Act Now to Prevent the Incarceration of People with Mental Illness
June 12, 2009
The criminalization of people with mental illness is a growing problem that devastates many members of our community. A study released this month in the journal Psychiatric Services shows that the prevalence of people with serious mental illness in jails is increasing. The study, which was presented June 1 at a Senate briefing featuring NAMI National board member Fred Frese, found that overall, 16% of jail inmates have a serious mental illness. Even more alarming, 31% of female jail inmates have a serious mental illness. These numbers suggest that up to 2 million jail bookings every year involve an individual with serious mental illness.
In light of this study, it is more important now than ever before to support programs that help people stay out of jail. This week, the House Appropriations committee approved the FY 2010 budget for Commerce, Justice and Science programs, which includes $12 million for the Mentally Ill Offender Treatment and Crime Reduction Act (MIOTCRA). MIOTCRA grants support communities working on crisis intervention teams (CIT), mental health courts, and similar programs that are proven to help break the cycle of incarceration. The bill also includes $100 million in funding for the Second Chance Act, which supports re-entry programs to help people get the services and support they need to successfully reintegrate into society. The full House is expected to vote on the bill the week of June 15.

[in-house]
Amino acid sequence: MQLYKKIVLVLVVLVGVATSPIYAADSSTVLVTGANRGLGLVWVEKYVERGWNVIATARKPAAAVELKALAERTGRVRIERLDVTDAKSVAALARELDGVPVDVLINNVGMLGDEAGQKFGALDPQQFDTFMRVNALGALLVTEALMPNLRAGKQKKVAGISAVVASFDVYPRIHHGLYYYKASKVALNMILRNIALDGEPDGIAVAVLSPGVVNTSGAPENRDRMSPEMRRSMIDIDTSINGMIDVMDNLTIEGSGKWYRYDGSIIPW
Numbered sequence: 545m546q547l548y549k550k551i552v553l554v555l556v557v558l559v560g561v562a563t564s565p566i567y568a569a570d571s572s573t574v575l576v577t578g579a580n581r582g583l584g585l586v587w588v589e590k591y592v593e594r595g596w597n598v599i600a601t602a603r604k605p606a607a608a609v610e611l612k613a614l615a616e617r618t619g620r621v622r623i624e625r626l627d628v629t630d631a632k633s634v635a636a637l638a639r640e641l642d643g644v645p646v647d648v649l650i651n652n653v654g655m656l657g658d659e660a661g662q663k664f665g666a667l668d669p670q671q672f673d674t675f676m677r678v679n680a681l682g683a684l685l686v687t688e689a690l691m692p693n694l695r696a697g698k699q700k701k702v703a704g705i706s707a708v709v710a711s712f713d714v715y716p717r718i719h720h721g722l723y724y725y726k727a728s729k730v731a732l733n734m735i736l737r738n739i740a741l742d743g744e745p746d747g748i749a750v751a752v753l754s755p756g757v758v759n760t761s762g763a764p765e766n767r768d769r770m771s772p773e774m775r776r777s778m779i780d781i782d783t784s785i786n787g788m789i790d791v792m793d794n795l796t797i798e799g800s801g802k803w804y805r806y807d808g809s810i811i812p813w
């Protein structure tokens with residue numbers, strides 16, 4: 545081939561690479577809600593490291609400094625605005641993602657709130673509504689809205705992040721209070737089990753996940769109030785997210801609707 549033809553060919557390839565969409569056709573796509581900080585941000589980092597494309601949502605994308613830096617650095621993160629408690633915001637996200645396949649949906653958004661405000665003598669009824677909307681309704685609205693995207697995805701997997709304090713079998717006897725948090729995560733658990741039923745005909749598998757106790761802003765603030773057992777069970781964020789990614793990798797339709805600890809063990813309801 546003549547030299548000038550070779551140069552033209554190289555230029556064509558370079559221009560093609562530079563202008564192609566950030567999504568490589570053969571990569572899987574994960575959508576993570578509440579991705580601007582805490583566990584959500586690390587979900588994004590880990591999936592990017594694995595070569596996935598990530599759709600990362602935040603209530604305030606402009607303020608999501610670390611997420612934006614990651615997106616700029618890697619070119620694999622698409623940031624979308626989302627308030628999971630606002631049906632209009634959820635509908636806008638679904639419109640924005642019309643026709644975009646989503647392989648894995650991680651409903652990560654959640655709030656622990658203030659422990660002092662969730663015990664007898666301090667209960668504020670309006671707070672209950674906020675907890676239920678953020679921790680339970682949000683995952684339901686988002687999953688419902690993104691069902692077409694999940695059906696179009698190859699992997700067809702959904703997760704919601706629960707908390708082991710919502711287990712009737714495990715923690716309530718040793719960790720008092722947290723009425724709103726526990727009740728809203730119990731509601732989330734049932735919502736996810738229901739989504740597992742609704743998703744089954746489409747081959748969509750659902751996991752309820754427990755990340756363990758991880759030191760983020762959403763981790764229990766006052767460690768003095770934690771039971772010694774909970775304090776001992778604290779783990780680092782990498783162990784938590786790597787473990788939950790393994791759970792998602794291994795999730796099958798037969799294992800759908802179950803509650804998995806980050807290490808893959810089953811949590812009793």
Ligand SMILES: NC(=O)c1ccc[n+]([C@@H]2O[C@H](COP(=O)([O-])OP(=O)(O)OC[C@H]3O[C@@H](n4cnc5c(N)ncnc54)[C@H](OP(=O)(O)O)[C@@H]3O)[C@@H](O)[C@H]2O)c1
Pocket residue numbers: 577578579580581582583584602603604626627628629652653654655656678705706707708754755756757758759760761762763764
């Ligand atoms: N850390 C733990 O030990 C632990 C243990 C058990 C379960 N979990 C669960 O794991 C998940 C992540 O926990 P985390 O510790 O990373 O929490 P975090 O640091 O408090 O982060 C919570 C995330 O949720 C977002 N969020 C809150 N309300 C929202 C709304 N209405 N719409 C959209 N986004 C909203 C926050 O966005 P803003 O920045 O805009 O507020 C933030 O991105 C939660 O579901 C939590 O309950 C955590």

Let your Representatives in the House know that people with mental illness should not be in jail. Write a letter today telling them to support funding for MIOTCRA and the Second Chance Act as part of the 2010 Commerce, Justice and Science Appropriations Bill.
Visit the Criminal Justice/Mental Health Consensus Project website to learn more about the study.
Visit the House Appropriations Committee website to read a summary of the Commerce, Justice and Science Appropriations Bill.
Read more about the briefing on the prevalence study hosted by the Senate Judiciary Committee.